HVAC systems have a lifespan too. Albeit, it’s a bit shorter than ours.
Nonetheless, the life of your HVAC can and should be prolonged. It’s through routine maintenance that we can achieve longevity for our systems.
In this article, we will cover the factors that affect the HVAC, typical life spans and replacing a system.
Keep reading to find out: how long do HVAC systems last?
When it comes to the longevity of your system there are many various factors that play a big part.
Global temperatures are getting warmer, but that’s not too much of an issue. The release of airborne particles, also known as off-gassing is a big problem for the lifespan of your HVAC unit.
The chemicals that are used in the building process of a home can cause the condenser coils inside of your AC unit to corrode quicker. Modern methods of construction homes mean that there is less natural airflow into the building. That may be a big plus for your energy bill but it also means chemicals from cleaning products and building materials will remain in the home longer.
For this reason alone, outdoor HVAC systems last longer than indoor units.
Another big factor that affects the lifespan of your HVAC is your usage of it. In most states, people use their AC a couple of months of the year. A machine that is used less often will last longer than that which is used 24/7 all year long.
Here are some additional points of consideration for the life span of your HVAC unit:
Some of these issues may be beyond your control, but many are not. Lack of routine maintenance can lead to quicker component depreciation and a shortened life span for your unit. Oversizing (choosing a unit that is too large for your needs) means that your system will stop and start more frequently. This leads to more wear and tear and reduces lifespan significantly.
Let’s take a look at the typical longevity for HVAC units.
Beyond the factors that affect longevity, the service life is dependent on the type of device. HVAC covers a large variety of devices, and is not limited to the ones listed below. Nonetheless, these are the most common and useful for residential properties.
With routine maintenance, a gas furnace can last 30 years, and sometimes longer. Usually, a furnace is changed when a heat exchange starts to leak. Systems without maintenance might last 10 years, but that’s unlikely.
A boiler always lasts longer than a furnace. With an average life span of 35 years, it is only replaced when the heat exchanger starts to leak, much like a furnace. However, a boiler can freeze up in the winter when not used, therefore proper usage is important.
The majority of air conditioners last 15 years, but in reality, it’s closer to 10. In a coastal area, this number can be as low as seven years. They are replaced when a compressor or condenser fails.
A ductless mini-splits provide both cooling and heating and can last anywhere from 10 to 30 years. If you live by the coast they will tend to corrode faster. This is due to the high alkalinity and salt-contents in the air that enters the ducts, and get processed by the copper condenser coils, which are susceptible to corrosion.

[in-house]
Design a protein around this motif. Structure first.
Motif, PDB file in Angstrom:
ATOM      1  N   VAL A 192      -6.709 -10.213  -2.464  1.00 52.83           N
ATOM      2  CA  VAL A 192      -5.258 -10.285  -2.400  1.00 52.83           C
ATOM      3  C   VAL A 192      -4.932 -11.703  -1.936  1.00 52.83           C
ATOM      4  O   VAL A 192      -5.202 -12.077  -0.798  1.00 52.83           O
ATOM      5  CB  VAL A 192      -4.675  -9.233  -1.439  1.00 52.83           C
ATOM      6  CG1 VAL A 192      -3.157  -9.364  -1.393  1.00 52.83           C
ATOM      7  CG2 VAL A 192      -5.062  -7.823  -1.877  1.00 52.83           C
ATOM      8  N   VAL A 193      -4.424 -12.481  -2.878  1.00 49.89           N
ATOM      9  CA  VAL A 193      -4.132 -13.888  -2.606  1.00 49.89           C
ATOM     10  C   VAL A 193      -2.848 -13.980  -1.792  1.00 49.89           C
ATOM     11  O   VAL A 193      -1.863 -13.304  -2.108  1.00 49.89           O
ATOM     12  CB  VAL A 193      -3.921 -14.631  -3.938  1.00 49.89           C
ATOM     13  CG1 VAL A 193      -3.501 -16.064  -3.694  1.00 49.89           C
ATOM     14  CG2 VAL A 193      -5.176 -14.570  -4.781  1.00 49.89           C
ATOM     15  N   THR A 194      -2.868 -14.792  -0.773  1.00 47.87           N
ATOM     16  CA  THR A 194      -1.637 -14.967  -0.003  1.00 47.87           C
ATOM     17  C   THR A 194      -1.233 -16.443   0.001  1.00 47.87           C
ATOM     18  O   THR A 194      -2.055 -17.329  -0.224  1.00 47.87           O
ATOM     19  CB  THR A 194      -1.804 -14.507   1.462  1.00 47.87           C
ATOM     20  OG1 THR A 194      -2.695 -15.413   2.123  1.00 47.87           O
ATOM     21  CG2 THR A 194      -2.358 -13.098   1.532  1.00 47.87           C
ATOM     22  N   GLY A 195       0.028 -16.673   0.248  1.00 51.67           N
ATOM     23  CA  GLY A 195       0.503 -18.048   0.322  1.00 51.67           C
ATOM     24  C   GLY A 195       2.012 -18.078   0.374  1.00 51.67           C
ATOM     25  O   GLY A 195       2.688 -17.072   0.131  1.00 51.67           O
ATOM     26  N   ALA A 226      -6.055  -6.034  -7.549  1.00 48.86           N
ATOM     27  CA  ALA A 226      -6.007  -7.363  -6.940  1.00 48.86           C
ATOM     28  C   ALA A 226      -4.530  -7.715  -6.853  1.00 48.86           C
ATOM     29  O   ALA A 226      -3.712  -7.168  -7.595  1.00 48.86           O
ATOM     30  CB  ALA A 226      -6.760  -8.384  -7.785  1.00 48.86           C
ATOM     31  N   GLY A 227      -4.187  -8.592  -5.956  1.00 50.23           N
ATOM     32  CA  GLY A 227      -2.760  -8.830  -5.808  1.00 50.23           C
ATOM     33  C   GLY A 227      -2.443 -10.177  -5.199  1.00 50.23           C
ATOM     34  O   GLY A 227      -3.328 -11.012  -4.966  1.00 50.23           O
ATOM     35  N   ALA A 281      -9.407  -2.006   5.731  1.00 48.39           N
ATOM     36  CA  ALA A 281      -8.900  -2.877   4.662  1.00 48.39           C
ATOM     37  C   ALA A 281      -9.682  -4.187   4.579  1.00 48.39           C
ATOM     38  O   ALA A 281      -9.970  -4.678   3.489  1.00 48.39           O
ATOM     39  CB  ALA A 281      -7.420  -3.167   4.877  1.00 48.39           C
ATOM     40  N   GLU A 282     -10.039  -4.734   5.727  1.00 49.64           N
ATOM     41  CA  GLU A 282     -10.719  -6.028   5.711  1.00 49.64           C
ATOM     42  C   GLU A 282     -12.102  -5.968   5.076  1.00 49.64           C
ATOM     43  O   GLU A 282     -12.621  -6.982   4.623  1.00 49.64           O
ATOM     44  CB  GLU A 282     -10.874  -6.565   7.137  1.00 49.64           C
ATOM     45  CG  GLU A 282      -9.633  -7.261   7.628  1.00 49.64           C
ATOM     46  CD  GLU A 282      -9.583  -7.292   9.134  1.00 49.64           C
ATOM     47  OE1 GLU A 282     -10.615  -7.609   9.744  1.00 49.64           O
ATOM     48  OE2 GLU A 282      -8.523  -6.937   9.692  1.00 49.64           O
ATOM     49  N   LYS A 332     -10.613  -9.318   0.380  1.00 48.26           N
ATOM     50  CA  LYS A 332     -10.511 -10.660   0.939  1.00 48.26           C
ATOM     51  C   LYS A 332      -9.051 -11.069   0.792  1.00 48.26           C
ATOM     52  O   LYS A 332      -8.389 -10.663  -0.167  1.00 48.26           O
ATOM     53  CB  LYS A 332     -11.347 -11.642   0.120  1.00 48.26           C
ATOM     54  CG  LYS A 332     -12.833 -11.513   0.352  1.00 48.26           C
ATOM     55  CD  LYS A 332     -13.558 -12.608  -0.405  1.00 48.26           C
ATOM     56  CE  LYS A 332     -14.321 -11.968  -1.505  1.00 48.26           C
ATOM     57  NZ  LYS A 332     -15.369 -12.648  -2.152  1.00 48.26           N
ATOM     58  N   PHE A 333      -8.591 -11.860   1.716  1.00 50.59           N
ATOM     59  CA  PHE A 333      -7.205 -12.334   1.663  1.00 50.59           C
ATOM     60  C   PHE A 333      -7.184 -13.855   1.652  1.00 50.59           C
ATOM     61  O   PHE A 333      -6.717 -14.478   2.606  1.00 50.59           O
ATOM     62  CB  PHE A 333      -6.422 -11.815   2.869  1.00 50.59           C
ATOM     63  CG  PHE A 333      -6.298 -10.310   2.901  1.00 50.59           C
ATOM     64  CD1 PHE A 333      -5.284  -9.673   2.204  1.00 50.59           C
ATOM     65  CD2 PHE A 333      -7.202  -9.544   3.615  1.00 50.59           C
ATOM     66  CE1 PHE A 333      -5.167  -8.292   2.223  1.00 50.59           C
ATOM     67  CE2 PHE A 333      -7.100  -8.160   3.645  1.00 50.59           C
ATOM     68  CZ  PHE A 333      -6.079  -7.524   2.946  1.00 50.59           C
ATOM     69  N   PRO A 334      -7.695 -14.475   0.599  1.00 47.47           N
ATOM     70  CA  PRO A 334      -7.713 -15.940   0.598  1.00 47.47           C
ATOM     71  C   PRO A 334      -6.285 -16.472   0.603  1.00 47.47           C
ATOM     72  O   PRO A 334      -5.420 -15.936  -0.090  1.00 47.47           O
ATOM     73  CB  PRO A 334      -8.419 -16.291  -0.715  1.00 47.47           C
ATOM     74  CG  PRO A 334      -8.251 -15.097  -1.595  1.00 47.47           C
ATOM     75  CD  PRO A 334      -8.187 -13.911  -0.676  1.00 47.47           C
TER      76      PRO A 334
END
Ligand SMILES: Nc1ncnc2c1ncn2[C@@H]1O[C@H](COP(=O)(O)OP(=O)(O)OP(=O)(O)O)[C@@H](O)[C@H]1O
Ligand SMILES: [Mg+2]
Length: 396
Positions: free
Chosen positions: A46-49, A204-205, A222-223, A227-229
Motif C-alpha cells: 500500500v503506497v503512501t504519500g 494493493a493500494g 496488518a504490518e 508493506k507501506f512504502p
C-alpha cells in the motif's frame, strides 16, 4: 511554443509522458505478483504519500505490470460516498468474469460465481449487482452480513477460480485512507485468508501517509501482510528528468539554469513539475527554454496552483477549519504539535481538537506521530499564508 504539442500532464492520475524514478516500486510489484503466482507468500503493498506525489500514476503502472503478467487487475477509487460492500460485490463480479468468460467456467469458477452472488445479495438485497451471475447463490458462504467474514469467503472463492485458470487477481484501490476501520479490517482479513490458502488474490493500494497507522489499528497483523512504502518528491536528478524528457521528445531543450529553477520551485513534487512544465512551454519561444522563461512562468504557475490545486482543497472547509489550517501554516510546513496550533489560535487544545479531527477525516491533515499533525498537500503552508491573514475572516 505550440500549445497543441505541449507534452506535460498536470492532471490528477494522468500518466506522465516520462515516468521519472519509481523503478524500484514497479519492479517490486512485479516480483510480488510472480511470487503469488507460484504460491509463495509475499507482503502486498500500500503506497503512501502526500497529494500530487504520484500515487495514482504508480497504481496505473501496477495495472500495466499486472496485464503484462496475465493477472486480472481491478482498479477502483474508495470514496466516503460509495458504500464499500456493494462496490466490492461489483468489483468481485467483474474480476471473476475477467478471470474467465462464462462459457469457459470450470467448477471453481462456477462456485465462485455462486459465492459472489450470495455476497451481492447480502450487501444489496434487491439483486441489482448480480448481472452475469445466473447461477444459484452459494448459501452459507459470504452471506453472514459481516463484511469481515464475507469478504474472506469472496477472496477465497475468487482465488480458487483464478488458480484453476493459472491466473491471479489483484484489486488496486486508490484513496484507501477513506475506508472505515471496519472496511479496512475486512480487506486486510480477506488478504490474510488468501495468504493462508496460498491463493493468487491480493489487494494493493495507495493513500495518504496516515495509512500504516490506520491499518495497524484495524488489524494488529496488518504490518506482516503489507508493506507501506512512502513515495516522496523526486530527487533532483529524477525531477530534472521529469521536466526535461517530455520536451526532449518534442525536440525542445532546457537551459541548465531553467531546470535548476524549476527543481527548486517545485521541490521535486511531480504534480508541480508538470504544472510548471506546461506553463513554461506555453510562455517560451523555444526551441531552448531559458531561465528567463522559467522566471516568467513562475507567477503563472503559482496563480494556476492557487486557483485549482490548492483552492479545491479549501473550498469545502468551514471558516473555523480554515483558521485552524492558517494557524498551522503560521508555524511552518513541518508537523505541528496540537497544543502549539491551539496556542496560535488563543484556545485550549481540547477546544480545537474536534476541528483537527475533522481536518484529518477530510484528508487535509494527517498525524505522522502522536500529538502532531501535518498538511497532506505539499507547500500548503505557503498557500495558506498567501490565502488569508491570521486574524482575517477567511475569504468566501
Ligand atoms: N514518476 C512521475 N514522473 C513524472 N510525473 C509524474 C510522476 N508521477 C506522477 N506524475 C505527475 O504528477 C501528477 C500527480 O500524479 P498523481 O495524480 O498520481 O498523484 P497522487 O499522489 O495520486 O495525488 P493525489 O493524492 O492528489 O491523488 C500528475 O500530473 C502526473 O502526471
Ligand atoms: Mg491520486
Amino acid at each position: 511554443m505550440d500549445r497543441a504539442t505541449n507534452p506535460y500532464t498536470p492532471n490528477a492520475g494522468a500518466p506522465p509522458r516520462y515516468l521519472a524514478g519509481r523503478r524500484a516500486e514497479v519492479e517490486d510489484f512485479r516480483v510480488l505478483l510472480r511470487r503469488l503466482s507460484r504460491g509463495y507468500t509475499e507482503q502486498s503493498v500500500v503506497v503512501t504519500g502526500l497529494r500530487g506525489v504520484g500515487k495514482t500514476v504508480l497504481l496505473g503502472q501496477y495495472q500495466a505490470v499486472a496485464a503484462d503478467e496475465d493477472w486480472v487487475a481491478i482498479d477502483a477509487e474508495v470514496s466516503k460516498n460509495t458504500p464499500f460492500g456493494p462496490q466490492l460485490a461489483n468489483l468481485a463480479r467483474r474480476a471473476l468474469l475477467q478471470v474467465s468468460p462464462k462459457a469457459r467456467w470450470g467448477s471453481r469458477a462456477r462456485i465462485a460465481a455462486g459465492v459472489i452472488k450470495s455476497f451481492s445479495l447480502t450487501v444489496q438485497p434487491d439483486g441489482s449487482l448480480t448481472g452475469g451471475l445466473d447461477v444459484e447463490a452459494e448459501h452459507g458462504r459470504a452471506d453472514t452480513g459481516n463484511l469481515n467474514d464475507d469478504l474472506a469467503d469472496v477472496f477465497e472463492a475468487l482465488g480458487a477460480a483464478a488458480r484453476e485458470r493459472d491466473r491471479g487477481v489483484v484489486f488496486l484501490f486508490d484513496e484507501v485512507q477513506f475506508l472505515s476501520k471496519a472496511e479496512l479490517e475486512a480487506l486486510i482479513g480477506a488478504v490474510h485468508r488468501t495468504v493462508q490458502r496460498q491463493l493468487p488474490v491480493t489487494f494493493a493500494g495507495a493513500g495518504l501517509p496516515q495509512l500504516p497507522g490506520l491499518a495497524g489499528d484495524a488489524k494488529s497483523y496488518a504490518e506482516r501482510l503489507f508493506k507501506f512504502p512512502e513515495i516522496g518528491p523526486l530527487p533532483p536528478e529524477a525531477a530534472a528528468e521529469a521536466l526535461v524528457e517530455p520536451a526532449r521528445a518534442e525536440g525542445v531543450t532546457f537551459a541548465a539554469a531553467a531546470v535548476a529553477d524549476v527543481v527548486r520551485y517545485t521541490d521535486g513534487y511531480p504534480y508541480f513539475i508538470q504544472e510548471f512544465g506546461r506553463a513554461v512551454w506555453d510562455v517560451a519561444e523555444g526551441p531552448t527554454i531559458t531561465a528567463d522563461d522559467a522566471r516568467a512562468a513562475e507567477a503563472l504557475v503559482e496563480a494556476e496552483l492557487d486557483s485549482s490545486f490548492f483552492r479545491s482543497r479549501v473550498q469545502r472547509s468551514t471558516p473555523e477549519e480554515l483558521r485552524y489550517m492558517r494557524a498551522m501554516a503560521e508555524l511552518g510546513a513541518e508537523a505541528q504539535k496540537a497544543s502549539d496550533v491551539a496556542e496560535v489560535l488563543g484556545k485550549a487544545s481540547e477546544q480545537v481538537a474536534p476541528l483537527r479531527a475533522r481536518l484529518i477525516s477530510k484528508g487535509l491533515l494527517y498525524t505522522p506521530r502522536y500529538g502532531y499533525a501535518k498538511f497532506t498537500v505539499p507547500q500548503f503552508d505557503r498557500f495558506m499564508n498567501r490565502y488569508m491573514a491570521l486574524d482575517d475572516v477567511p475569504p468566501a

A heat pump lasts about 20 years, but 15 is the average. Heat pumps are similar to air conditioners, but they can also provide heating and therefore they are used more often during the year. In a coastal area, a heating pump will last a maximum of 12 years.
Even though these are the common longevity time frames, a homeowner will probably replace a system sooner. As system ages, it becomes less efficient, increasing the utility and repair costs.
Once a system has reached a decade in age, the energy savings from a newer model can justify the investment by saving you money in running costs and repairs.
If your HVAC unit is older than 15 years or if your furnace is reaching 20, it’s probably the right time to change it. Especially if something breaks or you’ve had issues in the past.
When you factor in the repairs, labor, and replacement of components it can be as expensive as a new unit with installation coverage.
If you have a coal/oil furnace from 50 years ago, there’s very little chance that it will be working efficiently. Replacing this system will prevent all of the issues that you have somehow been able to avoid. It will also reduce your heating costs.
You might also want to replace a heat pump or evaporative cooler with a completely new HVAC unit, which will last as long if not longer than your previous system. It will function better and help you save money. The sooner you replace it, the sooner you can start to reap the benefits.
It’s a common question: How long do HVAC systems last? Now you know the answer, you are well on your way to replacing your old system or getting a new one for your new home. Either way, modern systems are made to last and are more efficient so can reduce your costs.
There’s really no reason not to get one installed. If you’re interested in a newer system, get in touch with us (Infinity Texas Air) and we will happily accommodate your needs.
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